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RealTime IT News

Industry Protests Over Internet Content Bill

The Australian Internet industry took to the streets Friday to protest against the federal government's Broadcasting Services Amendment (Online Services) legislation, which was introduced earlier this week.

Some 400 people rallied in Perth, Western Australia, to protest against the legislation, according to Michael Malone, technical director of Western Australian ISP iiNet and chairman of the Western Australian Internet Association. Groups of Internet industry members also hit the streets in other state capitals.

The content regulation legislation, which requires ISPs to filter offensive material before it reaches users' browsers, relies on a code of conduct for its administration. Such an approach has continually been described as unrealistic by the Internet Industry Association (IIA).

"While other countries are developing regimes to promote the healthy growth of their online sector, the government has put a roadblock in the way of Australian industry," said IIA executive director Peter Coroneos.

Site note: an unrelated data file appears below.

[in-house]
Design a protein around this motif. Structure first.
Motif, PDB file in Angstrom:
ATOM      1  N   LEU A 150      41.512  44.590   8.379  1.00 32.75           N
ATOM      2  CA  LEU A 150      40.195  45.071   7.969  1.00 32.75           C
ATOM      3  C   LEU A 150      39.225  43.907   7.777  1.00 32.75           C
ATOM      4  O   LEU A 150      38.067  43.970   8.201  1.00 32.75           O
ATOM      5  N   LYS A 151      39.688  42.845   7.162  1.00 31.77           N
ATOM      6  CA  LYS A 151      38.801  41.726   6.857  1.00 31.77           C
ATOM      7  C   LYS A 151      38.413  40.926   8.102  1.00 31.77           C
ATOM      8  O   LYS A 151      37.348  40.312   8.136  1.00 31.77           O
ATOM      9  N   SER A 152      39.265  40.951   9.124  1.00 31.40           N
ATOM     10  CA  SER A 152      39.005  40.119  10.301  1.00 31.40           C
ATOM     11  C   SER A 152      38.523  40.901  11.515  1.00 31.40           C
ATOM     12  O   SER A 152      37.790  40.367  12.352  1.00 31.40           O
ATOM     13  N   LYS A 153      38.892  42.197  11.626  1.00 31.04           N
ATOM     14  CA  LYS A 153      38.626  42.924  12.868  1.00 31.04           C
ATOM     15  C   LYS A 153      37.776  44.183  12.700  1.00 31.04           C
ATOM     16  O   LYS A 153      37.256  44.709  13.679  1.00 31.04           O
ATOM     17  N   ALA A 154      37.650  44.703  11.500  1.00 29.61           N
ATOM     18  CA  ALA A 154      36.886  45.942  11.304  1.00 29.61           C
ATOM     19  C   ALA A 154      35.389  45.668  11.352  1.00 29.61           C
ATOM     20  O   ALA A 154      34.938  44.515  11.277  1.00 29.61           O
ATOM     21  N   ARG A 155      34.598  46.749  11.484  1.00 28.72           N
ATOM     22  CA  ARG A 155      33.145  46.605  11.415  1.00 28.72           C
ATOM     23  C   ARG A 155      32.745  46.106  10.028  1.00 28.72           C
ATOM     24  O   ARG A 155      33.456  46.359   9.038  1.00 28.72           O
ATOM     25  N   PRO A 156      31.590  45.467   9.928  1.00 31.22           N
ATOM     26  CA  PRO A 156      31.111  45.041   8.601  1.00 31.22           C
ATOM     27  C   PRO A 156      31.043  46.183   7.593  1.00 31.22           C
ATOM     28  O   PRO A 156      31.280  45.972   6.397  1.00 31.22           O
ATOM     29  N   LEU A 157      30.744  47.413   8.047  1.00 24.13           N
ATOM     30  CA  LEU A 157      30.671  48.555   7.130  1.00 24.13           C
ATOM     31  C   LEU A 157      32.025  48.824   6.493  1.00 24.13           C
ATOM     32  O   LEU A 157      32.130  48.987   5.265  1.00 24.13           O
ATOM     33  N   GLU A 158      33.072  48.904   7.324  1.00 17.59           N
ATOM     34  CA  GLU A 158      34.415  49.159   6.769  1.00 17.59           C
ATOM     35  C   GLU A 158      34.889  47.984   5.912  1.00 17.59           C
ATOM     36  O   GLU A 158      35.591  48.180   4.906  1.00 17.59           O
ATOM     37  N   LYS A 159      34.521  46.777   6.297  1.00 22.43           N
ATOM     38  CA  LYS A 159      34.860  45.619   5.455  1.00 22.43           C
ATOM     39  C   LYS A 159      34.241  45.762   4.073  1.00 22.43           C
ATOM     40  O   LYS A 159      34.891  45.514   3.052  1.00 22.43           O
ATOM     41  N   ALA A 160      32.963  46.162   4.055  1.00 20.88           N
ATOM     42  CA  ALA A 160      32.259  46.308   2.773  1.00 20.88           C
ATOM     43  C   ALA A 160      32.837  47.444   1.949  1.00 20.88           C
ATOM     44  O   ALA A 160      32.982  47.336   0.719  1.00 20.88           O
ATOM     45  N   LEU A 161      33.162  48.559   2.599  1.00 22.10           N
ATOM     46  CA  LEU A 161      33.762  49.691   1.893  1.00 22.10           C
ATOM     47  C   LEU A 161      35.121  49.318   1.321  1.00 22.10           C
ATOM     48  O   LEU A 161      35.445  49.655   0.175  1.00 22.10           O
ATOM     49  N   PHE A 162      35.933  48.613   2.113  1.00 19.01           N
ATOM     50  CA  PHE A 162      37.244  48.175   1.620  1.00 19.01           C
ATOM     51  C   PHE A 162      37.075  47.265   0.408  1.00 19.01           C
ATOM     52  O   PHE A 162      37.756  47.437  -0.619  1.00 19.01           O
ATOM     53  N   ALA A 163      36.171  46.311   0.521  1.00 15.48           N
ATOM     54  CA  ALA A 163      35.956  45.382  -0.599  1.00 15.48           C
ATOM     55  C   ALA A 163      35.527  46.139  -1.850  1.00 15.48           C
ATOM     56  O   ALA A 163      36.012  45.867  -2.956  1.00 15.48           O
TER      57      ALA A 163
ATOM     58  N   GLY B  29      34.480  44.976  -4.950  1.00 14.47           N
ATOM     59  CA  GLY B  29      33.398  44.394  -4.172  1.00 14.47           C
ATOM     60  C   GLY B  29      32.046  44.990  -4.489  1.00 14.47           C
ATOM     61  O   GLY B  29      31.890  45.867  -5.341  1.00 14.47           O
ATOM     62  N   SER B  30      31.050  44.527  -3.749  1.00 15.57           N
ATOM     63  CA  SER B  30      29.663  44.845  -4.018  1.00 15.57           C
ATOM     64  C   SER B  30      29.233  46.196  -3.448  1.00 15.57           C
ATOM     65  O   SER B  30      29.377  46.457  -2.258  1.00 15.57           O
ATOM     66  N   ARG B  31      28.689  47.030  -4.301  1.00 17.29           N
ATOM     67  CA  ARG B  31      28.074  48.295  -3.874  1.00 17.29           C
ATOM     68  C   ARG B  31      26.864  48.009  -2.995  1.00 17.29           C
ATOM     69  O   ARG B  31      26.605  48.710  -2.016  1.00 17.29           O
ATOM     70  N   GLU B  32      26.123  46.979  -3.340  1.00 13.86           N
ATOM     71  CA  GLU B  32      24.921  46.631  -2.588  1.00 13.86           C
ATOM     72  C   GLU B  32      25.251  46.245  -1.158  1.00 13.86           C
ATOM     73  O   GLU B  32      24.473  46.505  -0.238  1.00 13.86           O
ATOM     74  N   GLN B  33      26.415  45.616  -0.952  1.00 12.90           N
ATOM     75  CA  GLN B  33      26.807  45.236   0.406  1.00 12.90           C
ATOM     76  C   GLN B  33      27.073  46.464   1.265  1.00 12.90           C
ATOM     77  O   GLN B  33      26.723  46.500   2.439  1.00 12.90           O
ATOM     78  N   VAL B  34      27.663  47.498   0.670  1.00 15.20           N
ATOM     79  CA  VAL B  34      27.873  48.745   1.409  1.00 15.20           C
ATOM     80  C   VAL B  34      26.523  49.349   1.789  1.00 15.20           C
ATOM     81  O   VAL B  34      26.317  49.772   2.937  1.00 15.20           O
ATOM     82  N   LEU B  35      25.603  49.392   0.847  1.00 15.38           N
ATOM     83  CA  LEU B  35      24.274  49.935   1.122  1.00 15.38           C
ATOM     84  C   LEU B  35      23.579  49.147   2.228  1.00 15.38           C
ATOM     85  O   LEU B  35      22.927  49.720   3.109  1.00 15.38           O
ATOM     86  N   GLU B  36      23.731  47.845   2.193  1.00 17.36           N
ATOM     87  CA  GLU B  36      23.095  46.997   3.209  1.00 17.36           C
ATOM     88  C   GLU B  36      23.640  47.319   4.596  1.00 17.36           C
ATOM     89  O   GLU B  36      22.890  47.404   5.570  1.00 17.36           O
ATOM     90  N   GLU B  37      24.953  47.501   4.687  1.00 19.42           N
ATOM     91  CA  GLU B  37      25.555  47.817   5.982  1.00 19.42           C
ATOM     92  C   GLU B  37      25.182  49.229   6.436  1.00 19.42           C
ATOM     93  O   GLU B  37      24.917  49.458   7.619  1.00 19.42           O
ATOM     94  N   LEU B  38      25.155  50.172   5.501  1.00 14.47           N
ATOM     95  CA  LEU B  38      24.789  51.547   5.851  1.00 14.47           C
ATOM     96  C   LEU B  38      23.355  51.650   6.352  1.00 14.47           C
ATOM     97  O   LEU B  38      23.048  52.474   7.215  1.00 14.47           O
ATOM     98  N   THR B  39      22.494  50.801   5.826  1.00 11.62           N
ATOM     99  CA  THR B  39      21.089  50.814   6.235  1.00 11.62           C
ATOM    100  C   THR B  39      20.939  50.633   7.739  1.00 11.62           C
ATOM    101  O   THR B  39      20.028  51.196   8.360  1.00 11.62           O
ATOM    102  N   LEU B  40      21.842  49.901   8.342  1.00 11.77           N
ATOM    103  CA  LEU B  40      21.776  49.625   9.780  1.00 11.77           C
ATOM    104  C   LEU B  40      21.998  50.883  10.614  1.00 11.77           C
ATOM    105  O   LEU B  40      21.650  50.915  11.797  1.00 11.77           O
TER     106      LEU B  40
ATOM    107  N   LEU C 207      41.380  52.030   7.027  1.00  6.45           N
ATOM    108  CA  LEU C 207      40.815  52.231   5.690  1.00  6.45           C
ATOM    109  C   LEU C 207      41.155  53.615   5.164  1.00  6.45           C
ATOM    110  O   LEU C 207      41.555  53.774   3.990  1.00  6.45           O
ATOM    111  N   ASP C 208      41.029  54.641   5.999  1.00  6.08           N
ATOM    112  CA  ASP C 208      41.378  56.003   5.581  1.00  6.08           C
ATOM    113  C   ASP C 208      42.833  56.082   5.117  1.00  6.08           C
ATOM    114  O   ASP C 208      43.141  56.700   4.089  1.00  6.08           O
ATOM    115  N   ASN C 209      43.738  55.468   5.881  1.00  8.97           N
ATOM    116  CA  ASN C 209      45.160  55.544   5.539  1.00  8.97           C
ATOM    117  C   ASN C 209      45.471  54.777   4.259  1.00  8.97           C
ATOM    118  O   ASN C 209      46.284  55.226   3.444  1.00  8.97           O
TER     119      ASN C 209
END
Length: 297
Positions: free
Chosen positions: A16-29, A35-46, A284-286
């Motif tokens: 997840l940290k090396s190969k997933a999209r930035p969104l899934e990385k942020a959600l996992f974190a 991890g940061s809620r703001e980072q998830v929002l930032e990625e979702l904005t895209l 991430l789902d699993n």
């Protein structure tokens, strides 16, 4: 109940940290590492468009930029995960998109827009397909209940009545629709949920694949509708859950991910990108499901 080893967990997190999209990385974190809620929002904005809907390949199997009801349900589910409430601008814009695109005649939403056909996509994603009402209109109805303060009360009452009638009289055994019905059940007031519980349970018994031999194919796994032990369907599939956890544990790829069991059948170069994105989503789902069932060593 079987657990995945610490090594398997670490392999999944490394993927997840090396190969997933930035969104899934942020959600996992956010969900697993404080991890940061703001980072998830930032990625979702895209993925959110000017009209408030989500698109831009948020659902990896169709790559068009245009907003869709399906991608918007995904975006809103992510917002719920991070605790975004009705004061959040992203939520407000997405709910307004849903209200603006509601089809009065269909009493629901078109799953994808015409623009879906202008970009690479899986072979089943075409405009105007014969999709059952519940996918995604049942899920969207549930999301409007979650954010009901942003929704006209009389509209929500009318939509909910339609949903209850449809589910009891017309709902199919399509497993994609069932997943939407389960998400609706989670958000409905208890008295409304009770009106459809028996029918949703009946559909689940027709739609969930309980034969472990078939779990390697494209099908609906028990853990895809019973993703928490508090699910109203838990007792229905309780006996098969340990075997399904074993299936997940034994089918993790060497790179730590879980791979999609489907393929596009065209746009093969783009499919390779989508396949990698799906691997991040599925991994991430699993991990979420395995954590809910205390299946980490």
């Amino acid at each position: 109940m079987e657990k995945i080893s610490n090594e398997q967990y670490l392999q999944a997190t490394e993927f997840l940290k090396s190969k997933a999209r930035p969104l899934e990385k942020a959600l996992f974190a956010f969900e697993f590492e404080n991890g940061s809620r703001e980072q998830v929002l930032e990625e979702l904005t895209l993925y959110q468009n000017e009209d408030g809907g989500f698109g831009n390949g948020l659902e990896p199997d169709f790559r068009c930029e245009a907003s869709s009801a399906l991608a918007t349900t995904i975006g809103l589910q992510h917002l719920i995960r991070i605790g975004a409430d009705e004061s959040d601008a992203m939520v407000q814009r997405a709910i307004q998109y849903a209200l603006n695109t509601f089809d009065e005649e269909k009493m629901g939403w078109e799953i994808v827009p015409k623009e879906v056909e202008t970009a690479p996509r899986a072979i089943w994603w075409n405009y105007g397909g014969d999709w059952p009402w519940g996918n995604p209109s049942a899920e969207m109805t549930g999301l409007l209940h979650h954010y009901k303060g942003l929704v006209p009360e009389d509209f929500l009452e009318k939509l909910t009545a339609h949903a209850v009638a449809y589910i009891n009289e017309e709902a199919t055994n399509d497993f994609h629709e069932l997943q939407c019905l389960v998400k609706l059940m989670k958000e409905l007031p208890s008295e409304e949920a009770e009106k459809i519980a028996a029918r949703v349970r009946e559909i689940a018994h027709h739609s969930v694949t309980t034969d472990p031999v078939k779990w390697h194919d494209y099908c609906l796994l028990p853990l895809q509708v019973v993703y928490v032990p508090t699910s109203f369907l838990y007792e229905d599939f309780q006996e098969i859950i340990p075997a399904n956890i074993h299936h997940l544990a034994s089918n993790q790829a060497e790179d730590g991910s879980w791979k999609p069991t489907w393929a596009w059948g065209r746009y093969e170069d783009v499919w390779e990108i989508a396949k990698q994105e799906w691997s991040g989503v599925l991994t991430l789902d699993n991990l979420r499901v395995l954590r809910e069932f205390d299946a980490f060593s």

Industry reaction to the legislation has included companies planning to move their business out of Australia. Local start-up Free4all Classifieds Friday announced plans to move its Web publishing activity overseas.

Free4all is Australia's first free Internet classifieds site for private and trade customers to advertise in real estate, employment, automotive, and other areas.

Founder and managing director Michael Soker said that although the company filtered content "for offensive words and inappropriate content...the legislation will effectively make it imprudent for us to risk publishing in Australia."

"Whereas it is not viable to program a TV monitor or a radio receiver to restrict access to broadcast content, it is possible to control the level of access to Internet content on individual computers," added Soker.

"We clearly have the talent, the technology and the knowhow in Australia to put our minds to improving what we know is possible. The legislation is as naive as it is unworkable."

Coroneos said the IIA would be willing to cooperate with the government to develop a code of conduct which promoted the health of the industry and the confidence of consumers. He added though that the organisation "will not be incorporating unworkable provisions such as mandatory filtering of overseas content."

"As many experts on both the industry and government side have stated, this is impracticable. As such we have no intention of putting in our Code provisions which cannot be implemented."

Coroneos added that if a case was brought against an ISP on the issue of what was "technically or economically feasible," the IIA would supply the ISP with the resources to fight the case.